Senate debates

Wednesday, 13 September 2006



6:55 pm

Photo of Ross LightfootRoss Lightfoot (WA, Liberal Party) Share this | | Hansard source

We can only see what is occurring in Iraq by that which the Australian and international media chooses to report. Their decision to constantly convey the negative issues, such as the bombings and other appalling problems facing Iraq—and there are many appalling killings by these crazed murderers, particularly in and around Baghdad—does not give a full indication of what is occurring in other regions in that nation. At a time when so many negative aspects of Iraq are reported in the media—bad news is good news—it is important that we acknowledge the many positive events that have occurred in a land that gave birth to civilisation over 10,000 years ago. Kurdistan, in the northern part of the Republic of Iraq, is often overlooked and ignored, receiving very little or no coverage in the mainstream media. Yet it is progressing at a rapid speed in developing its land.

For many decades the Kurds faced persecution, torture and death. In 1974 the Iraqi government began a new offensive against the Kurds and pushed them close to the border with Iran, into the Zagros Mountains that gave them protection from Saddam’s killers. The Iraqi regime informed Tehran that it was willing to satisfy other Iranian demands in return for an end to its aid to the Kurds. The Algiers Pact, an agreement between Iraq and Iran, with mediation from the then Algerian President Houari Boumedienne, was agreed in March 1975. The agreement left the Kurds helpless and the Shah of Iran ordered that supplies to the Kurdish movement be cut, causing the Kurdish leader General Barzani to flee across the border into Iran with many of his supporters. As a result the Iraqi government extended its control over the northern region after a 15-year absence and, in order to secure the dictator’s influence, started an Arabisation program by moving southern Arabs to the oil fields in Kurdistan, particularly the ones contiguous to Kirkuk, the main oil city in Iraq.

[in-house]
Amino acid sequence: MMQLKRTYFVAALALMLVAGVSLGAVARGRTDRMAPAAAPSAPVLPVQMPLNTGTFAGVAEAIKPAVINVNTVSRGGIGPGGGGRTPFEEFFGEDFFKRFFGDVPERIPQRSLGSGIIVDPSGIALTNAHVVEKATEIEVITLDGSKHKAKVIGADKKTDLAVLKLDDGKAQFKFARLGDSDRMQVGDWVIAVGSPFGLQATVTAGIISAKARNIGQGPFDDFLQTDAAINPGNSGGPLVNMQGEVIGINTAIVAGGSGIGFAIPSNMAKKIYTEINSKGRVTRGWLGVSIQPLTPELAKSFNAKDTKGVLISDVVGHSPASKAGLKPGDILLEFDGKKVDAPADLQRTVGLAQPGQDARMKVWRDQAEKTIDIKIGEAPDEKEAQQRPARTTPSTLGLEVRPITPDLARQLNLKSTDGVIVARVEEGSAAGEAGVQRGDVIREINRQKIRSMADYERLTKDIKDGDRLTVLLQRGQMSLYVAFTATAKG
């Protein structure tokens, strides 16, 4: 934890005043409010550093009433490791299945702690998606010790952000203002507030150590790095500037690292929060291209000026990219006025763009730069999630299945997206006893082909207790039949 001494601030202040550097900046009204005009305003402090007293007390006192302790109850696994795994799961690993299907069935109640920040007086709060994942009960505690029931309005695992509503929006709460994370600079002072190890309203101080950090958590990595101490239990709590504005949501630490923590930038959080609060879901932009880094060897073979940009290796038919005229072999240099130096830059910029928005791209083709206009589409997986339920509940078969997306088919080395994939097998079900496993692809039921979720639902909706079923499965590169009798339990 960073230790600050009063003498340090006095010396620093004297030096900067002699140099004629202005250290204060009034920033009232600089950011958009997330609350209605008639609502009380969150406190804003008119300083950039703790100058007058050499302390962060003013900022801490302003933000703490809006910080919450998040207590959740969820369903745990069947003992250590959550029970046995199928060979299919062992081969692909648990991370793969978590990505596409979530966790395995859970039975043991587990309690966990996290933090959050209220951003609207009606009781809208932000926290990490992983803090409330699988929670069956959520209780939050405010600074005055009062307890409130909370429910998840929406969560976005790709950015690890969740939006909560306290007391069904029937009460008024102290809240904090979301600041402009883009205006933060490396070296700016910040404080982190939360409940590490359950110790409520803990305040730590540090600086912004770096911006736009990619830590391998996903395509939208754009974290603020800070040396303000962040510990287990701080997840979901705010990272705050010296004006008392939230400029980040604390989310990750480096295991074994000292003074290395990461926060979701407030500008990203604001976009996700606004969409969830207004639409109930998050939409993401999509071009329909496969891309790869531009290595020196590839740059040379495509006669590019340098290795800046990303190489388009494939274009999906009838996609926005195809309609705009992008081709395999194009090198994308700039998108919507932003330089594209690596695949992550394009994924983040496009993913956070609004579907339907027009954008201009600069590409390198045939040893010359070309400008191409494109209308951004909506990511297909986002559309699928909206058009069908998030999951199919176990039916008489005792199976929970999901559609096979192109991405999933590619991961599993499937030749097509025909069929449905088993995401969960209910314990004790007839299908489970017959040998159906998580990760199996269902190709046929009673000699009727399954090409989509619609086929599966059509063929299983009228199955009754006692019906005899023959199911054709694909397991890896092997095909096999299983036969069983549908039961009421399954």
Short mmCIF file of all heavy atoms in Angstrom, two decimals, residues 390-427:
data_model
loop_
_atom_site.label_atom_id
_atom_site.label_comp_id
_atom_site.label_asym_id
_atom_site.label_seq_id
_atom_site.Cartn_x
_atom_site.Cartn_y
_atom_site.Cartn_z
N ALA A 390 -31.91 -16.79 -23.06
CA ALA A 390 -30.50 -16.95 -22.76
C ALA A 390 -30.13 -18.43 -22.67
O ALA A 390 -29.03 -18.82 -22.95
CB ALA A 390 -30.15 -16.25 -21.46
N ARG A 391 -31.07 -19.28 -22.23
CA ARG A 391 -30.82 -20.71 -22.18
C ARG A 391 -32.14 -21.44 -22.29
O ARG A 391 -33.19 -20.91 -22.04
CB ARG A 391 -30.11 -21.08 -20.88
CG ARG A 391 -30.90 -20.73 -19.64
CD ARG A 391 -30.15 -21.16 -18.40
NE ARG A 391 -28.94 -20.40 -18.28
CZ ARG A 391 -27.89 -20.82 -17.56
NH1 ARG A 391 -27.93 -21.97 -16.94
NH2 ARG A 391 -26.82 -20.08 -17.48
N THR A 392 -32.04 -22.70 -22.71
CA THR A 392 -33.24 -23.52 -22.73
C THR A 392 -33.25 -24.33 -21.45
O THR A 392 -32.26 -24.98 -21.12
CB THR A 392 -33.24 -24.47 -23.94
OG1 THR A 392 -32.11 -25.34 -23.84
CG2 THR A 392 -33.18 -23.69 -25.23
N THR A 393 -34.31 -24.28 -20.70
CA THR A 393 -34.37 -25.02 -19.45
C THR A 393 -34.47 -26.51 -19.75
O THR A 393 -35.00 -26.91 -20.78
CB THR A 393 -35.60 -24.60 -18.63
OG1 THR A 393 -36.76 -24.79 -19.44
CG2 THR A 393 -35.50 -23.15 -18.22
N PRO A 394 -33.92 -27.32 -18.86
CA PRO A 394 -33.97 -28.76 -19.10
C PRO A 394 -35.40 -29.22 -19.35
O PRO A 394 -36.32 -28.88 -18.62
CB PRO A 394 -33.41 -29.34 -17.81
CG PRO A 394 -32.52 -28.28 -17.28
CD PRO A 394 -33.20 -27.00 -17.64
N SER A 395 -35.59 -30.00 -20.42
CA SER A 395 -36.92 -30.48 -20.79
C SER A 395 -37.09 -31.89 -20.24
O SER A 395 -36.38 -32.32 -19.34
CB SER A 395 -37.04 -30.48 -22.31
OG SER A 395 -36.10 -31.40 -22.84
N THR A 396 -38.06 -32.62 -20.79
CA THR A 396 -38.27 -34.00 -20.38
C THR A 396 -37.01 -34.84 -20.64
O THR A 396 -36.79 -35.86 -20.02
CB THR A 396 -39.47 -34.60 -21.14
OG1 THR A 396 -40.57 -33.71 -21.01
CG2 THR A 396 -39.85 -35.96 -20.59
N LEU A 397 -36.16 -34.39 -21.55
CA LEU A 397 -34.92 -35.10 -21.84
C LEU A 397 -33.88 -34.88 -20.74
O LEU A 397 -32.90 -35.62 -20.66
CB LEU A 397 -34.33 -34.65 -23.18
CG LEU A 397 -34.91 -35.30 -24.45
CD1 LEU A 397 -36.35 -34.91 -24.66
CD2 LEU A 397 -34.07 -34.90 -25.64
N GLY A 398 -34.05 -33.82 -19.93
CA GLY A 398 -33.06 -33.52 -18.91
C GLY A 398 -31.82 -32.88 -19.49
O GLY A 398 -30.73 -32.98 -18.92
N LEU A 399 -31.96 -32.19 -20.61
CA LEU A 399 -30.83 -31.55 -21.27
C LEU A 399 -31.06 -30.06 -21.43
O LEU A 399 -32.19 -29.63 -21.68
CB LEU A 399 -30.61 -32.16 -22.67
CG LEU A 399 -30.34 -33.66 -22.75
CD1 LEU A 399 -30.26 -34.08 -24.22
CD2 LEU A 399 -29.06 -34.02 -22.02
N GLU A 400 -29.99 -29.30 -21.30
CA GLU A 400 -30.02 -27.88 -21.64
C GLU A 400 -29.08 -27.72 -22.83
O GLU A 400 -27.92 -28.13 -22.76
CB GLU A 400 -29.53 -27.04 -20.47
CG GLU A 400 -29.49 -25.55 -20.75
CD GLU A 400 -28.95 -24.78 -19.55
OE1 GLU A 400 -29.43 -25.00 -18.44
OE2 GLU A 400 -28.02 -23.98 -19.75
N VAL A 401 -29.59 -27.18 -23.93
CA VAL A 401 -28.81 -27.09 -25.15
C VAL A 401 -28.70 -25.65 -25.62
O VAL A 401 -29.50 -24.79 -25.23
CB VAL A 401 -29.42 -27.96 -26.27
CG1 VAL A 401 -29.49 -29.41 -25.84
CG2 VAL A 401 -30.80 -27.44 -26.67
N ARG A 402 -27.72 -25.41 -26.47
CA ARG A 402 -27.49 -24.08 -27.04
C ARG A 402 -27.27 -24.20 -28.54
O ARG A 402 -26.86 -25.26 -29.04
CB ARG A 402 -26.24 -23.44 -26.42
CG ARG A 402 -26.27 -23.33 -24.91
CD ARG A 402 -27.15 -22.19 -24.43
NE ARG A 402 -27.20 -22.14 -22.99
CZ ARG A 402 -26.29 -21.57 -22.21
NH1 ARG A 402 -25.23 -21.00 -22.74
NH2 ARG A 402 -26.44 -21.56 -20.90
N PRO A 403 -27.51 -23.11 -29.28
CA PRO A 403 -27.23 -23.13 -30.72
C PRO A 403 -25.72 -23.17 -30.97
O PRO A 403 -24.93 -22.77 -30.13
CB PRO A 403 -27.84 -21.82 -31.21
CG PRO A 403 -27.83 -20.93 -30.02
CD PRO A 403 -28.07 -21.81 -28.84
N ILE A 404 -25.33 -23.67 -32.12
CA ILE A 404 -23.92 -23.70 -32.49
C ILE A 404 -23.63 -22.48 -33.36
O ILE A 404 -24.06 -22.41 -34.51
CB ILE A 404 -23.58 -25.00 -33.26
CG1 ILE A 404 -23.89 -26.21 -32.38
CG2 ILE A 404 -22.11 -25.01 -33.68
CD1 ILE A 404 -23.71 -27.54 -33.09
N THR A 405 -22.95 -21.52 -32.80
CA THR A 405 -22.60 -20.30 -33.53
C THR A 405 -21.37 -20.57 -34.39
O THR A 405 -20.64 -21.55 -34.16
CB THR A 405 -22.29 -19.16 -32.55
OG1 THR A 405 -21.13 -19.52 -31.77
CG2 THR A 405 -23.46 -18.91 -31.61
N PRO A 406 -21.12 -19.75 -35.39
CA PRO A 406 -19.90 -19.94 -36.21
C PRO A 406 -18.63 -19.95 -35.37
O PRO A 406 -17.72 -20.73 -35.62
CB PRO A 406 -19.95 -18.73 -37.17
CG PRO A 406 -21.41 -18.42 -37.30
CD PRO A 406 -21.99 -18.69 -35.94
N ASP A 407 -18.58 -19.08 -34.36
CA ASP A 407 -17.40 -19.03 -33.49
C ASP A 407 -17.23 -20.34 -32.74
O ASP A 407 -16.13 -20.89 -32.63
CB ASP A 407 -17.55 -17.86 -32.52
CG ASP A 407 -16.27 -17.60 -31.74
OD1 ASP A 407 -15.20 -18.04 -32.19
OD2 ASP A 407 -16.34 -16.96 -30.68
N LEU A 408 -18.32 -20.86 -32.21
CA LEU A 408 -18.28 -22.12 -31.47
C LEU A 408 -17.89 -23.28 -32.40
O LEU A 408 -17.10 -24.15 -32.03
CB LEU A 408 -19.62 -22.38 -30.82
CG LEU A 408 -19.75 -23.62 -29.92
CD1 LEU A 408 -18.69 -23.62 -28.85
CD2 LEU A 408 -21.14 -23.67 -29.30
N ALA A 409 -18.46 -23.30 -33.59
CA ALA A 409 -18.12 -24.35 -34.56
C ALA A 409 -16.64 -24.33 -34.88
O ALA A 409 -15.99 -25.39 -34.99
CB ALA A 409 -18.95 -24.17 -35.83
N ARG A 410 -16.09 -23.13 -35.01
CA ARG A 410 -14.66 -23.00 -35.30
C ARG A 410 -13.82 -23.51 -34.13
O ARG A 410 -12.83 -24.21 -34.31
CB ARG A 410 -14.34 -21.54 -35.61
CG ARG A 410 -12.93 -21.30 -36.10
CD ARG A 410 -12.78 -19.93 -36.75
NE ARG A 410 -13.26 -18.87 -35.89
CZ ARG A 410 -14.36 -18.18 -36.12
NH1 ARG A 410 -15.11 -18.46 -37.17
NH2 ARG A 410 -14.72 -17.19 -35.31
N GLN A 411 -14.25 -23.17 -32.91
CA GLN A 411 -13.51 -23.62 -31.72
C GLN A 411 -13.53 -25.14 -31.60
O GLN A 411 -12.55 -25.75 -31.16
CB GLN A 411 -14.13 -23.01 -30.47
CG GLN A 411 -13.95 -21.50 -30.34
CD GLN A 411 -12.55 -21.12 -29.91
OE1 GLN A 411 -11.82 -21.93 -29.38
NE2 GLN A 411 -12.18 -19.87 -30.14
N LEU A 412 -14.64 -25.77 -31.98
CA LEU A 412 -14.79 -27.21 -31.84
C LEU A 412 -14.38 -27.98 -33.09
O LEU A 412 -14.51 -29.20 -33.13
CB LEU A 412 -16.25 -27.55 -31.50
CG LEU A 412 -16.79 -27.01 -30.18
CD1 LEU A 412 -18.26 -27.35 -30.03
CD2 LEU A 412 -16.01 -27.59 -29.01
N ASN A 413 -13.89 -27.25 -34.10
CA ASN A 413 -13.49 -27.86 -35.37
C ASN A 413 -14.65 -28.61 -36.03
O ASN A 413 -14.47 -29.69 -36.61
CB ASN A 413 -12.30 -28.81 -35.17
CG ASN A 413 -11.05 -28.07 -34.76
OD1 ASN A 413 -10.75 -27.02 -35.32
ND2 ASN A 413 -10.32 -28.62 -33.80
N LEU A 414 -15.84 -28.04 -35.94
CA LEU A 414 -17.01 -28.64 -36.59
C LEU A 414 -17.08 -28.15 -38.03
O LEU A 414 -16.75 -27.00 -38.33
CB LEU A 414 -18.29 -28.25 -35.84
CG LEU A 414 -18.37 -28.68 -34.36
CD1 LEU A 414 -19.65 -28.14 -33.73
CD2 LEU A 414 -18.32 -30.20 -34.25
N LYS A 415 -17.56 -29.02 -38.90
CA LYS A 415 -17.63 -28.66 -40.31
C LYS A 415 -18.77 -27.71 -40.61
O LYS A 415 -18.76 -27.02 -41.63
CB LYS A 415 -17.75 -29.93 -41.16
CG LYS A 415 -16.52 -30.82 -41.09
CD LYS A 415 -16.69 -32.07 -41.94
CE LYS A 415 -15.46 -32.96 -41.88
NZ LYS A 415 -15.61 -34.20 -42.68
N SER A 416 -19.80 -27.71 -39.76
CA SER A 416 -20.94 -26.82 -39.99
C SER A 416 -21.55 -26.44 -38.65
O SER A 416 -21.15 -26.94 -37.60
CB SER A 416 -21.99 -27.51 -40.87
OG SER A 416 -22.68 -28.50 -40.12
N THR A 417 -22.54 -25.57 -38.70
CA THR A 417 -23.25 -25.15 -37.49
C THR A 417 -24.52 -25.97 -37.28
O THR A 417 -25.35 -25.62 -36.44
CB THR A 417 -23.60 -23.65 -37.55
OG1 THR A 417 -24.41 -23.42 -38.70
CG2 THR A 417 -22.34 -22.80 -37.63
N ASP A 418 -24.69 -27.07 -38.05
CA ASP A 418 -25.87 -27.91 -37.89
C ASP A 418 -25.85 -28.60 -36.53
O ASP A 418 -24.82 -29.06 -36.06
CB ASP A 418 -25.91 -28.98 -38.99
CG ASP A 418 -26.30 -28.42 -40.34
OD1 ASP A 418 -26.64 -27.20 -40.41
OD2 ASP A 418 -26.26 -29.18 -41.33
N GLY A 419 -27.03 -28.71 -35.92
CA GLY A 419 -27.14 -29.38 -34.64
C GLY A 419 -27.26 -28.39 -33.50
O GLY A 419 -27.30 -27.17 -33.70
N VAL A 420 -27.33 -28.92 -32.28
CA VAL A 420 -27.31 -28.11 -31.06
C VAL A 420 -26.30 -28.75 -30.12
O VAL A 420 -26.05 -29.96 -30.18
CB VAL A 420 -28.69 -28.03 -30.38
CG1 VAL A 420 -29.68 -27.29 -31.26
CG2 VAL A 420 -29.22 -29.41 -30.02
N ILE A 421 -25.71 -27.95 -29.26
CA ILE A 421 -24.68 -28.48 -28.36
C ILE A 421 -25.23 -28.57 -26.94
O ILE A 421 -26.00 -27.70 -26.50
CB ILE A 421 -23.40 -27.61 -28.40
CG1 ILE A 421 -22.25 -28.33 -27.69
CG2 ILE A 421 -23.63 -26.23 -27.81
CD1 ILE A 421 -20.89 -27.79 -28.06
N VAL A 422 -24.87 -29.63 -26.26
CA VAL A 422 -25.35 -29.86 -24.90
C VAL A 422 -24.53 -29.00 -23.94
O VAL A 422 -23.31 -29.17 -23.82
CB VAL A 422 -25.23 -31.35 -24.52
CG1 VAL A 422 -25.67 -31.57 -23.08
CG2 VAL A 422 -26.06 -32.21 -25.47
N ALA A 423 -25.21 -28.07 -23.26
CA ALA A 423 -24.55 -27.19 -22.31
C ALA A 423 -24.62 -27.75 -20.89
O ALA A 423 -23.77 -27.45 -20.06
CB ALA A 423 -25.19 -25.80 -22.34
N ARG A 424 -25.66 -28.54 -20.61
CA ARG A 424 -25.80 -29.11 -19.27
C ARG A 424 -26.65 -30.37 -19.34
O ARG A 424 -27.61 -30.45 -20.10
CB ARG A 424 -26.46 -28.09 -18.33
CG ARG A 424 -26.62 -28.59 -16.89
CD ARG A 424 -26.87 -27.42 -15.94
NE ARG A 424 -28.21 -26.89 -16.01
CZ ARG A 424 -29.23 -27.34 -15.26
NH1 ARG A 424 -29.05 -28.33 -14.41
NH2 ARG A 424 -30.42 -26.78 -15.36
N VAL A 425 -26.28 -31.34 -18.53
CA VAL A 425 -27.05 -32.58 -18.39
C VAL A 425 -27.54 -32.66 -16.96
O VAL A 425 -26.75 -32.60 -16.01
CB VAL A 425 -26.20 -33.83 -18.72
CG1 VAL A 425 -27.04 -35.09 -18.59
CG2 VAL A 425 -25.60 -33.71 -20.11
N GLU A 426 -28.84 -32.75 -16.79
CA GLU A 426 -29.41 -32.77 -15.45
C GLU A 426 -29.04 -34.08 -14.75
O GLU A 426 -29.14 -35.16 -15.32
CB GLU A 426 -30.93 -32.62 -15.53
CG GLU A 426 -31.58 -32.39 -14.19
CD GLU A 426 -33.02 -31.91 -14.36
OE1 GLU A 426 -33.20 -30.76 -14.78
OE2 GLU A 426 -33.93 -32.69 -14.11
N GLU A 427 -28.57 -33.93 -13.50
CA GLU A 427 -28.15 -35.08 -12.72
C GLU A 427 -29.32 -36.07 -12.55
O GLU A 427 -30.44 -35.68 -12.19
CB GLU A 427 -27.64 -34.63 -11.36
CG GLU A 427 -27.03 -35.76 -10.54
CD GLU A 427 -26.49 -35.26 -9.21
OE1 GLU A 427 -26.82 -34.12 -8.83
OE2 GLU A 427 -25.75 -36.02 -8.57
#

The repressive measures carried out by the Iraqi regime against Kurds after the agreement led to renewed clashes between the Iraqi army and the Kurdish guerrillas, known as Peshmerga, in 1977. As a result, in 1978 and 1979, 600 Kurdish villages were burnt and destroyed. Around 200,000 Kurds were forcibly relocated to other parts of the country and many started what was to become a diaspora of Kurds around the globe. During the Iran-Iraq War of the eighties, the Iraqi regime implemented anti-Kurdish policies and a civil war broke out. Saddam was widely condemned by the international community but was never seriously punished until 1991 for his oppressive measures, including the use of chemical weapons against the Kurds—particularly in Halabja, a town I have visited in north-eastern Iraq, which resulted in the deaths of thousands of men; women, some pregnant; and babies and children of all ages.

For two years, between 29 March 1987 and 23 April 1989, the Iraqi army continued the genocidal campaign against Kurds—and indeed against Arab Iraqis too, especially the Shiites. It is estimated that—as a result of the widespread use of chemical weapons, some bought from Europe—there was the complete destruction of some 2,000 villages, and mass murder saw around 50,000 Kurds lose their lives. These are just some examples of the atrocities and inhumane acts that the Kurds had to face at the hands of the brutal former Iraqi dictatorship. Yet, despite these unimaginable events, the Kurds have maintained their honour and their dignity. They are an outstanding group of people whom I am privileged to support in many ways. The Kurdistan region’s economy is dominated by the oil sector, augmented by agriculture and tourism. Due to relative peace in the northern region, it has a more developed and diverse economy in comparison to other parts of Iraq. The stability of the Kurdistan region has allowed it, through the democratically elected Kurdistan Regional Government, to achieve a higher level of development than other regions in Iraq. In 2004 the per capita income was 25 per cent higher than the average of the rest of the nation.